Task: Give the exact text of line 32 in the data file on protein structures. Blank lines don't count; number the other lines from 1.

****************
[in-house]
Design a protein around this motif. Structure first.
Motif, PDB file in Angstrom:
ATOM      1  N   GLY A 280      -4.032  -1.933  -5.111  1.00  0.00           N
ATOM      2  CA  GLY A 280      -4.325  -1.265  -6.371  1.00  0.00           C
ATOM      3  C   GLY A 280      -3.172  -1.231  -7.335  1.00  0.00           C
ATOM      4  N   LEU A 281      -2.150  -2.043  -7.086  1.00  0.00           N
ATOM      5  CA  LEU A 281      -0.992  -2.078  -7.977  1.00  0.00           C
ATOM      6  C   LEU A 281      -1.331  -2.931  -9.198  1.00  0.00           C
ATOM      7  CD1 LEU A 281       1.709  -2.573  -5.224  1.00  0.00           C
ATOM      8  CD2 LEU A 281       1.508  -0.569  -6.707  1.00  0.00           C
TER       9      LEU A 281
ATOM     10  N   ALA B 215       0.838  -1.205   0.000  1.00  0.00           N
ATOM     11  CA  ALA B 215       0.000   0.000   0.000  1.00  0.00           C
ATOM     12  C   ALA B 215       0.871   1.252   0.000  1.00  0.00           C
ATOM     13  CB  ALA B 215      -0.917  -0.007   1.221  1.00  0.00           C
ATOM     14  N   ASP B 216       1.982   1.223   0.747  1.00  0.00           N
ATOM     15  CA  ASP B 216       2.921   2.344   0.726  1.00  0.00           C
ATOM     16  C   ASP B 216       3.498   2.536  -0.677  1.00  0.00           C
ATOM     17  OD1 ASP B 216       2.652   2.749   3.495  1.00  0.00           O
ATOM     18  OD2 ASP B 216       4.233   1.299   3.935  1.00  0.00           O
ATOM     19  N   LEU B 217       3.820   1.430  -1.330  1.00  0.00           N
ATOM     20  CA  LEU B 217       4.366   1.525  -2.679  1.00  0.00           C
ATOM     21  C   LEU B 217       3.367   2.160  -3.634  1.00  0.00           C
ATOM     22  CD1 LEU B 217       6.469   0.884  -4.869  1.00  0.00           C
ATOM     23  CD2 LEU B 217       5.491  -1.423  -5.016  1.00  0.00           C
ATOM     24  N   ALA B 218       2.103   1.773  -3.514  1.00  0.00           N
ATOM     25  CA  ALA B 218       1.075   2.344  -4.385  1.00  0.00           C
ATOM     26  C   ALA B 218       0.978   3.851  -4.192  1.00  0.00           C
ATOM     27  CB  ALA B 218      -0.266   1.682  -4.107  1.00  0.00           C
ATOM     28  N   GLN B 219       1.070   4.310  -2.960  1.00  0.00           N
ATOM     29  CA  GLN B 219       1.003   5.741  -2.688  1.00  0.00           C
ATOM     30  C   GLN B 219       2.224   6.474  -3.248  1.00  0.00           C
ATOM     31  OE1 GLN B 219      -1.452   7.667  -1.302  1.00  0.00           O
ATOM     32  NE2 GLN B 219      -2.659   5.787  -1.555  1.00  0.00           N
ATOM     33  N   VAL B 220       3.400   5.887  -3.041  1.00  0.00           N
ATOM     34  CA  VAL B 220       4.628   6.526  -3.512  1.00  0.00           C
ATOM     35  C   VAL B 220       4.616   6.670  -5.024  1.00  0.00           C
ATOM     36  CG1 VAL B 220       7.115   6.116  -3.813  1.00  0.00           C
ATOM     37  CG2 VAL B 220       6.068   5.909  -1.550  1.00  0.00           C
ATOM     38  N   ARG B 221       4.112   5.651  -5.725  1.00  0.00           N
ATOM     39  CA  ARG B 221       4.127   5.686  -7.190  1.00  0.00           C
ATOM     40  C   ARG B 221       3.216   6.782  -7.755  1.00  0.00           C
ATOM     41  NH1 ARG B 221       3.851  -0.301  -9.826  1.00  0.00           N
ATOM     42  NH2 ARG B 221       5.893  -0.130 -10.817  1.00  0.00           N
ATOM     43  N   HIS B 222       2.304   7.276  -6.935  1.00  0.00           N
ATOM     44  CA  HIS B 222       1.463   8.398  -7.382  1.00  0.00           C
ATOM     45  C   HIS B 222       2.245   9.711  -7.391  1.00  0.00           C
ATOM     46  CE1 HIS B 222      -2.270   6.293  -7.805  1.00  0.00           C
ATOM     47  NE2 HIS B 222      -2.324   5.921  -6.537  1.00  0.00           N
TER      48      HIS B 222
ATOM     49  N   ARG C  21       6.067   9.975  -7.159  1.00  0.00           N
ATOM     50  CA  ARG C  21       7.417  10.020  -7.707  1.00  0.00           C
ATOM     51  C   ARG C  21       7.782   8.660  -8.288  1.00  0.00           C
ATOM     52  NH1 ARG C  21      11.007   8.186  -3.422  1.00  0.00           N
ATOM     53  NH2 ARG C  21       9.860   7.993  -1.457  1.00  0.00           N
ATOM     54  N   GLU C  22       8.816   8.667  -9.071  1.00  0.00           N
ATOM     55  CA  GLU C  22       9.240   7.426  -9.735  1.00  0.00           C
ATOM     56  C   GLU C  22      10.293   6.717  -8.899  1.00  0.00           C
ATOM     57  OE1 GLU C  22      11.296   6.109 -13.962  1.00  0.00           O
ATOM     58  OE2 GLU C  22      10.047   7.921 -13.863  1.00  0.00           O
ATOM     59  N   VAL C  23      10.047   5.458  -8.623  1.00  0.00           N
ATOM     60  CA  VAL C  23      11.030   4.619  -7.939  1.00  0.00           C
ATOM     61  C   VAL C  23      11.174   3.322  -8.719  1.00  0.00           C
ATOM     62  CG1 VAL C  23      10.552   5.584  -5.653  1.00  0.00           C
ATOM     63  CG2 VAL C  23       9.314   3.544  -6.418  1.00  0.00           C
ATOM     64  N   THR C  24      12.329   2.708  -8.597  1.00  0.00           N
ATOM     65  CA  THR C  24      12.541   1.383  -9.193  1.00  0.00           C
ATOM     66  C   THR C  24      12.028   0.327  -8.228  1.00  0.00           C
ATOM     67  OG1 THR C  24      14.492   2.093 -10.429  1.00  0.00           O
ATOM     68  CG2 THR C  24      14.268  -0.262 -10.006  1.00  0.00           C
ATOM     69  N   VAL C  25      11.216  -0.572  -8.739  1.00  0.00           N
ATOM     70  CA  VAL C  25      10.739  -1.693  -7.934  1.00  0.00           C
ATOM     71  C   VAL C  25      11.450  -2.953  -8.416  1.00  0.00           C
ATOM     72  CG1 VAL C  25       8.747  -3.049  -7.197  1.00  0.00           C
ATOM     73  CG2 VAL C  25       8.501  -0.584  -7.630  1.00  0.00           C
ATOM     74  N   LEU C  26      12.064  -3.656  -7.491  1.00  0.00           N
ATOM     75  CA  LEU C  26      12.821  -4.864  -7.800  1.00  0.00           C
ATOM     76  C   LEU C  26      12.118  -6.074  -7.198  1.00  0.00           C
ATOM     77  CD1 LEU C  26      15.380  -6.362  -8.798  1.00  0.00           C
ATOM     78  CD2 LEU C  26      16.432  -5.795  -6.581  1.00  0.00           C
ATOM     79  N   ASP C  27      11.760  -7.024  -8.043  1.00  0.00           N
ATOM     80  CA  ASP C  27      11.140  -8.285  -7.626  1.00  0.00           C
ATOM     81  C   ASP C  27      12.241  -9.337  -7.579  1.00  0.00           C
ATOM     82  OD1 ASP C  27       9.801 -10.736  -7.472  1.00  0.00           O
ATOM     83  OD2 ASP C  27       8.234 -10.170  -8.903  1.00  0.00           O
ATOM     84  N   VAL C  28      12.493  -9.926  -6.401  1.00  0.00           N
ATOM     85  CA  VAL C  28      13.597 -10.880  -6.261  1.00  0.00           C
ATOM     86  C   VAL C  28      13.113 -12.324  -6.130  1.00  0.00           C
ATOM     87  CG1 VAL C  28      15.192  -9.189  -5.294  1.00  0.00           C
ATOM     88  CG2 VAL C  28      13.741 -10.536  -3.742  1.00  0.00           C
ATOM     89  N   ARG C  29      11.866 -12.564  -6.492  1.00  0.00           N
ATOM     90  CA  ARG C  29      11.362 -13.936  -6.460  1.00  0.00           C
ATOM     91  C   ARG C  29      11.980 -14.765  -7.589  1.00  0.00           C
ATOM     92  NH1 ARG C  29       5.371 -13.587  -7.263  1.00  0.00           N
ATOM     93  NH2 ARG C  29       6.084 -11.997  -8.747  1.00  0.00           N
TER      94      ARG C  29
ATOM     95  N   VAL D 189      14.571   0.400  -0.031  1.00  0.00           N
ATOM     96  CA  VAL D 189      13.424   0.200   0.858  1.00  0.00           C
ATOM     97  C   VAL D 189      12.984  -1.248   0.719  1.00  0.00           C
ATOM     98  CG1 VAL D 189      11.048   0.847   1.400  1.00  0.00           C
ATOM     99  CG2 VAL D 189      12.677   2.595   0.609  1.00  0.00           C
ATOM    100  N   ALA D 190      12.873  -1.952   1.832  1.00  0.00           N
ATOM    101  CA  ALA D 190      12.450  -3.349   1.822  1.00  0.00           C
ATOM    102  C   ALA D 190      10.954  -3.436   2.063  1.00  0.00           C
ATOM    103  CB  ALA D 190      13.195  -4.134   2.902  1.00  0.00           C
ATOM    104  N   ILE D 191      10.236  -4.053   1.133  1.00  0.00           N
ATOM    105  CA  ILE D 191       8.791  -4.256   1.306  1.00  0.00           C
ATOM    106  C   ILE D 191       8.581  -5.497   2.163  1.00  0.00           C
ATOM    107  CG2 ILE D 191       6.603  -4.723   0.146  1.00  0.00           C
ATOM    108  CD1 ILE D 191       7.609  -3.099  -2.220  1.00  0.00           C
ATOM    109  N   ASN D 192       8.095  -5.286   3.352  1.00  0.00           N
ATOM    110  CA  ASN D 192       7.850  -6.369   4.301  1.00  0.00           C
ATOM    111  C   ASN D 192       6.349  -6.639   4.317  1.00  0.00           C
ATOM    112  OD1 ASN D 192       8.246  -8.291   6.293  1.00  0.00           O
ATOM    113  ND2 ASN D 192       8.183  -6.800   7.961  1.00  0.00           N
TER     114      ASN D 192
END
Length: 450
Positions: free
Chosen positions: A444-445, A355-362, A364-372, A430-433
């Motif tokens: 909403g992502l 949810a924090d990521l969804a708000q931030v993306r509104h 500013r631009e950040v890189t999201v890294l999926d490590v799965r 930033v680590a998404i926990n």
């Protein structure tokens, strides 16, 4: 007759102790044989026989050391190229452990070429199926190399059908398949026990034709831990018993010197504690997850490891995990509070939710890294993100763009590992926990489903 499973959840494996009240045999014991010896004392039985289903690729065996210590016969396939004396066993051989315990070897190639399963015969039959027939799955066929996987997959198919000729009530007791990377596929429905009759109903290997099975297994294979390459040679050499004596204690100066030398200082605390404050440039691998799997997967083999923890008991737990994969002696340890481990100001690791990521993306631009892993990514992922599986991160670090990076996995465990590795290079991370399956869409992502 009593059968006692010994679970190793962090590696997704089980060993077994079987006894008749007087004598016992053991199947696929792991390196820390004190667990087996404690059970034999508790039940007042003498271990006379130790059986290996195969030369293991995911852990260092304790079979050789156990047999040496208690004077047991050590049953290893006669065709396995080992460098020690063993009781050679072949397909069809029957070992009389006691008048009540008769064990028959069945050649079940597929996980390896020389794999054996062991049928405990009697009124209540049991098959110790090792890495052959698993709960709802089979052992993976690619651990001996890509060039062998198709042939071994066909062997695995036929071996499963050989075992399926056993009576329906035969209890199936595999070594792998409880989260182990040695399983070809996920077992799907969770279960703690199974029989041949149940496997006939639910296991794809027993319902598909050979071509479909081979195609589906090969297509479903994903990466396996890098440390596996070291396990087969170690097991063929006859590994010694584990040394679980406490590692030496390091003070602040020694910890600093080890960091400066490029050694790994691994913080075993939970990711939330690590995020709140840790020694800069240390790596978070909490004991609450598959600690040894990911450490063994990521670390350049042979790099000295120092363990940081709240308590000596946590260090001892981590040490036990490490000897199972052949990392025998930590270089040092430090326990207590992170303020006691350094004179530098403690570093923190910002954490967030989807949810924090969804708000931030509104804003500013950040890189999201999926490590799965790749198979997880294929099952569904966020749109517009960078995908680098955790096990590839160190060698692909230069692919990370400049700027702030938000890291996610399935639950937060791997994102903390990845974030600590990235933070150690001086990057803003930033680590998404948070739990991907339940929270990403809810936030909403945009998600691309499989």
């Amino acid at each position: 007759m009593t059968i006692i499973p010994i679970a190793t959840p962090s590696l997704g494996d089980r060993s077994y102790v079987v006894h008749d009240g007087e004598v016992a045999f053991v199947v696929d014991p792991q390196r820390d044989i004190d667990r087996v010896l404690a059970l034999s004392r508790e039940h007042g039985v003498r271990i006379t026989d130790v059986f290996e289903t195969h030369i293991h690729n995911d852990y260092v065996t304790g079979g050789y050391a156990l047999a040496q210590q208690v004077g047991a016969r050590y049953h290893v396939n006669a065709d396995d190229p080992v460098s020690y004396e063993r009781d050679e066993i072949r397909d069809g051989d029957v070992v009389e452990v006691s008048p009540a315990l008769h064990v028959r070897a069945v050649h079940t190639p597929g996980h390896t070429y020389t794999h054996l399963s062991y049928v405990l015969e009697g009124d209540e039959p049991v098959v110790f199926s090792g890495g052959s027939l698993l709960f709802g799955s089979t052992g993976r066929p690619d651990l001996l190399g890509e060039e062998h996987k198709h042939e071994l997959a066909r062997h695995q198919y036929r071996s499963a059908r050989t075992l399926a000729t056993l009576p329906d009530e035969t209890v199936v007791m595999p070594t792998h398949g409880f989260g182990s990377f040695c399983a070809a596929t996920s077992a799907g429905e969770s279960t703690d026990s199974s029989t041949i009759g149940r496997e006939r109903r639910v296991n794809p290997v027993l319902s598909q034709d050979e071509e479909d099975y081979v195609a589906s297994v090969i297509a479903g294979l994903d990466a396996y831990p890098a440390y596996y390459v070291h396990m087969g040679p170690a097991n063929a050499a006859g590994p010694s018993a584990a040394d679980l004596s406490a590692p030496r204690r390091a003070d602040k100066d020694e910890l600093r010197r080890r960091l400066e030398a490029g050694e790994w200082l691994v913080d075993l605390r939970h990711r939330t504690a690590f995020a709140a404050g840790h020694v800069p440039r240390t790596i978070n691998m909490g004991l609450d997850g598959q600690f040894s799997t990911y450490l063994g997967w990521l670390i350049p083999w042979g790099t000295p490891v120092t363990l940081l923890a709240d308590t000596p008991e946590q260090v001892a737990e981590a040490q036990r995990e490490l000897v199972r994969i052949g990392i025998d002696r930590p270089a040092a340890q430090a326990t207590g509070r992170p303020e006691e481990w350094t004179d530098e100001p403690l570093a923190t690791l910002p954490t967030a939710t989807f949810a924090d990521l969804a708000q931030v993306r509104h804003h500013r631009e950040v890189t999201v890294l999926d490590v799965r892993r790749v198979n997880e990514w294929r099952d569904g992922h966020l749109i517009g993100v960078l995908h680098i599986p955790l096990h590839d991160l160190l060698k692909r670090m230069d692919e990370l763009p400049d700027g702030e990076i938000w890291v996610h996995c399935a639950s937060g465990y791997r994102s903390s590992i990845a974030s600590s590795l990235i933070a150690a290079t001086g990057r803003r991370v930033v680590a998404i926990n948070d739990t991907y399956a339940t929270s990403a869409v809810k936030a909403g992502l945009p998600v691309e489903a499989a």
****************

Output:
ATOM     29  CA  GLN B 219       1.003   5.741  -2.688  1.00  0.00           C